I KNOW I'm easy to please but I hope I'm not the only one elated that our media started the year well, proving themselves equal to their watchdog role of holding people in power accountable.
The exposure of the double-speak by President Jacob Zuma and his office over Shabir Shaik's application for a pardon and the coverage of the dismal matric results stand out.
Having been caught out being less than candid on whether he is considering the foul-mouthed fraudster's request for a pardon, Zuma and his office have been blowing hot and cold, fuelling fears that he is about to cock a snook at the public, seriously impairing our faith in the justicesystem.
Now, Zuma's spin doctor, Vincent Magwenya, says it's all a matter of semantics. It is actually sophistry from the highest office. He implores us to stop stressing over what he says is an inconsequential issue.
Well, the huge public outcry alone should tell Magwenya it matters to the nation whom Zuma pardons.
The media should remain steadfast and refuse to be cowed into submission until Zuma and his office provide a straight answer to whether Shaik is getting a pardon or not.
No doubt stung by the public outrage and deservedly harsh criticism in the media following the 40 percent matric failure rate, Angie Motshekga, the basic education minister, and the SA Democratic Teachers Union (Sadtu) appear to have seen the error of their ways.
Motshekga this week lamented the poor results, blasting bad teachers in the process. She also blamed weak management and a lack of leadership and commitment.
One can only hope her indignation will be followed by a concerted effort to fix the damage done to our education system under ANC rule.
But the country has not forgotten how she, when she was Gauteng minister of education, chose to attend Jacob Zuma's court proceedings in Bloemfontein instead of a meeting of authorities called to discuss education strategies.
She would also do well to retract her ill-advised statement last year that "matric is not that important", in response to the publication of Julius Malema's uninspiring school report.
Particularly pleasing for me has been the Damascene metamorphosis of Sadtu, which is by far the worst culprit in the destruction of black education since the end of apartheid - worse than inadequate resources and unqualified teachers. The union says it wants to make a success of this year's shorter school year.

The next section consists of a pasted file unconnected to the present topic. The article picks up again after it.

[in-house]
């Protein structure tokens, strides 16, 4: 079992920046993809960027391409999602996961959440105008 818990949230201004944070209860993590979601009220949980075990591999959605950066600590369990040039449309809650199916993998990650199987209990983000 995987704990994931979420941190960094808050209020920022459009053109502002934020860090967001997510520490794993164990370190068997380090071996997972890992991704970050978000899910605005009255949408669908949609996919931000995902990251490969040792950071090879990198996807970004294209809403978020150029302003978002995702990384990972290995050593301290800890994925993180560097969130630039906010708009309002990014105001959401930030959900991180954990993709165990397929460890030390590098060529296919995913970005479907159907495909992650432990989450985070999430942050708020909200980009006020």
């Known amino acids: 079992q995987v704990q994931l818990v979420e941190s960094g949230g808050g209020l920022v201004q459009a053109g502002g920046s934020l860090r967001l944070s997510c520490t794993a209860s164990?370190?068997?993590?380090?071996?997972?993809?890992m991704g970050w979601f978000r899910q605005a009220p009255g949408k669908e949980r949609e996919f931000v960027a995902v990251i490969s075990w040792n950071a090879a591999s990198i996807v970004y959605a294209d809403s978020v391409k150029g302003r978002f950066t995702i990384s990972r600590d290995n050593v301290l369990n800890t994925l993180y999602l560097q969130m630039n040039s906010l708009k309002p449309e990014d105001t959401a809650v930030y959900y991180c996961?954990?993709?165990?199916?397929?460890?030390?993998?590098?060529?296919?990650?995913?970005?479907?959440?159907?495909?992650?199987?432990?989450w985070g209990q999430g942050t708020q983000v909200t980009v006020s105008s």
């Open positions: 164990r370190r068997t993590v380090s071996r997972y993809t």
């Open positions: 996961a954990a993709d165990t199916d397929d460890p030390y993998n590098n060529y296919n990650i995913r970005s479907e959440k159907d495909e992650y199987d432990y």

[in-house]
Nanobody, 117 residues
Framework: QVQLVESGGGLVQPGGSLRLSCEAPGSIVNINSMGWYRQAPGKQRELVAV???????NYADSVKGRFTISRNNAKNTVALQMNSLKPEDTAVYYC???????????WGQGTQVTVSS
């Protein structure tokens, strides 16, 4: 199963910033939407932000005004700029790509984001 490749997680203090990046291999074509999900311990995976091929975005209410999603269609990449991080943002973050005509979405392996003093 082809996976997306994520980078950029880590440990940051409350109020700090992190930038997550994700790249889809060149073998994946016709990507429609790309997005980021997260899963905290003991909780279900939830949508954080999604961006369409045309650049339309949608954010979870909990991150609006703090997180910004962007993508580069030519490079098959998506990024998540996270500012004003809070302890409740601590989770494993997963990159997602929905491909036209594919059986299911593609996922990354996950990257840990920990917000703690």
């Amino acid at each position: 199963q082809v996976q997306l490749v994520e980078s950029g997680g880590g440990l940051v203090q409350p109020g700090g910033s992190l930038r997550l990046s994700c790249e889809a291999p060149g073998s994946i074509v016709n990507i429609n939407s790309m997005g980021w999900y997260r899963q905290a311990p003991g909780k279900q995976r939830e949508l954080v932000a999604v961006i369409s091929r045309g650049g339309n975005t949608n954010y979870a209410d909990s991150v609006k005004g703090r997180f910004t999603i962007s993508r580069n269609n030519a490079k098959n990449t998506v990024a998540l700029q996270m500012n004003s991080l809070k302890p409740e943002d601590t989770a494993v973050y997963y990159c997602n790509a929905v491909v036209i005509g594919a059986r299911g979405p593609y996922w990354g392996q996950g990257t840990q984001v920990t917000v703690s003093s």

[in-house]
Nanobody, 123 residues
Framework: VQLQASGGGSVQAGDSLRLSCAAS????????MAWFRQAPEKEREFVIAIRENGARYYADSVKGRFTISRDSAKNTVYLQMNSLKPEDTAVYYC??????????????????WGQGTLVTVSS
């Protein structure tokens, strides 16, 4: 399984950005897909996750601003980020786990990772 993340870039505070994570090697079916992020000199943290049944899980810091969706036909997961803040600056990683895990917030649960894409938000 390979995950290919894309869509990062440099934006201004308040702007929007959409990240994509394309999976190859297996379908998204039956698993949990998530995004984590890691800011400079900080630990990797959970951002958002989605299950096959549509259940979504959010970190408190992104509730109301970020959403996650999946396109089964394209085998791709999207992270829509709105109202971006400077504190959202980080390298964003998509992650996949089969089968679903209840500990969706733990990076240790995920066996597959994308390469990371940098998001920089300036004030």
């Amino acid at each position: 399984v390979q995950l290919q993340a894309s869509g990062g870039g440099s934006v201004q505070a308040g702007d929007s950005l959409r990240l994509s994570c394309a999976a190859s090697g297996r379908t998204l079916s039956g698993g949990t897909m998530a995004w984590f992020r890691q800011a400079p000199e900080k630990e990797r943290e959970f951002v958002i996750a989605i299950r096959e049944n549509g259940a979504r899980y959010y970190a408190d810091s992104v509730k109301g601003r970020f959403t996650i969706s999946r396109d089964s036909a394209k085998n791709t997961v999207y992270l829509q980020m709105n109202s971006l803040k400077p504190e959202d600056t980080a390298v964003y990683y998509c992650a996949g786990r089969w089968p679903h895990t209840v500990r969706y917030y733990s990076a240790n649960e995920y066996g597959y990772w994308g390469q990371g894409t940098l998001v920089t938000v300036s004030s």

With its vociferous protection of its members' lackadaisical attitude to work and its failure to appreciate the difference between being just another salaried worker and a dedicated teacher, the trade union has gone beyond the call of duty in making sure Hendrik Verwoerd's dream of denying black people education has become a reality.
Instructively, in her book on Oliver Tambo, Luli Callinicos writes that Verwoerd considered "suitable" education for black children as consisting of only three hours of school a day.
Sadtu, with its penchant for wildcat strikes and violent rejection of mechanisms to ensure accountability for teachers, has achieved just that.
A report by the Development Bank of Southern Africa shows that township children get on average only three-and-a-half hours of teaching a day compared with six hours for those in the suburbs. The report also shows that of the 1,5 million kids who entered Grade 1 in 1988, only 552000 wrote matric last year, meaning 64 percent had since dropped out.
As newspaper columnist Andile Mngxitama declared in Sowetan this week: "Right now there is educational genocide for the black child."
The media would do well to maintain the spotlight on the subject. The angst over the deterioration of education is not the "bourgeois pastime" of a few racist whites. For most people, the vast majority of whom are black, education is their only hope of escaping poverty and making a useful contribution to society.